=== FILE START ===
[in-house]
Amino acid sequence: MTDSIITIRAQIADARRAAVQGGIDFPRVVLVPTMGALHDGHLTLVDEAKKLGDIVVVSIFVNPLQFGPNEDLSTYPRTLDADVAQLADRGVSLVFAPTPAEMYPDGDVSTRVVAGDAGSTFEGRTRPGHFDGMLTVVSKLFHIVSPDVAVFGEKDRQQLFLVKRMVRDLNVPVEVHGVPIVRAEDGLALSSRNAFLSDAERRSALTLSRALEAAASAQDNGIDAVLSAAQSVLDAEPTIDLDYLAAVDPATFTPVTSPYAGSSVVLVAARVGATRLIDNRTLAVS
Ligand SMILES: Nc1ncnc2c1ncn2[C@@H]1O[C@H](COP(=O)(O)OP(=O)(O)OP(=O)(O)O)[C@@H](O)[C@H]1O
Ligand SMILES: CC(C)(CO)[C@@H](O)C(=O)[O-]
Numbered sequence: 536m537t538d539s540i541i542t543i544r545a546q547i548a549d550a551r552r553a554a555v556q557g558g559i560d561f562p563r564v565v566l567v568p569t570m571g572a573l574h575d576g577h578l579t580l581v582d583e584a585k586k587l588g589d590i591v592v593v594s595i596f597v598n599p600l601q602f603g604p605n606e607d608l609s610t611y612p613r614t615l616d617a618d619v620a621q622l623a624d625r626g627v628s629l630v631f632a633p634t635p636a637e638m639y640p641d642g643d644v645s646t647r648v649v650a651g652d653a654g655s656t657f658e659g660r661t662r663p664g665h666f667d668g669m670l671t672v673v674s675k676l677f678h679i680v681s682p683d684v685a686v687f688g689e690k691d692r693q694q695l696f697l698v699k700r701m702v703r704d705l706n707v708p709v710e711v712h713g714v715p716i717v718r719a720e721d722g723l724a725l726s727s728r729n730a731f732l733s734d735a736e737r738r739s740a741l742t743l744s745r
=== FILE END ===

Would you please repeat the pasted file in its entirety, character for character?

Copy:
[in-house]
Amino acid sequence: MTDSIITIRAQIADARRAAVQGGIDFPRVVLVPTMGALHDGHLTLVDEAKKLGDIVVVSIFVNPLQFGPNEDLSTYPRTLDADVAQLADRGVSLVFAPTPAEMYPDGDVSTRVVAGDAGSTFEGRTRPGHFDGMLTVVSKLFHIVSPDVAVFGEKDRQQLFLVKRMVRDLNVPVEVHGVPIVRAEDGLALSSRNAFLSDAERRSALTLSRALEAAASAQDNGIDAVLSAAQSVLDAEPTIDLDYLAAVDPATFTPVTSPYAGSSVVLVAARVGATRLIDNRTLAVS
Ligand SMILES: Nc1ncnc2c1ncn2[C@@H]1O[C@H](COP(=O)(O)OP(=O)(O)OP(=O)(O)O)[C@@H](O)[C@H]1O
Ligand SMILES: CC(C)(CO)[C@@H](O)C(=O)[O-]
Numbered sequence: 536m537t538d539s540i541i542t543i544r545a546q547i548a549d550a551r552r553a554a555v556q557g558g559i560d561f562p563r564v565v566l567v568p569t570m571g572a573l574h575d576g577h578l579t580l581v582d583e584a585k586k587l588g589d590i591v592v593v594s595i596f597v598n599p600l601q602f603g604p605n606e607d608l609s610t611y612p613r614t615l616d617a618d619v620a621q622l623a624d625r626g627v628s629l630v631f632a633p634t635p636a637e638m639y640p641d642g643d644v645s646t647r648v649v650a651g652d653a654g655s656t657f658e659g660r661t662r663p664g665h666f667d668g669m670l671t672v673v674s675k676l677f678h679i680v681s682p683d684v685a686v687f688g689e690k691d692r693q694q695l696f697l698v699k700r701m702v703r704d705l706n707v708p709v710e711v712h713g714v715p716i717v718r719a720e721d722g723l724a725l726s727s728r729n730a731f732l733s734d735a736e737r738r739s740a741l742t743l744s745r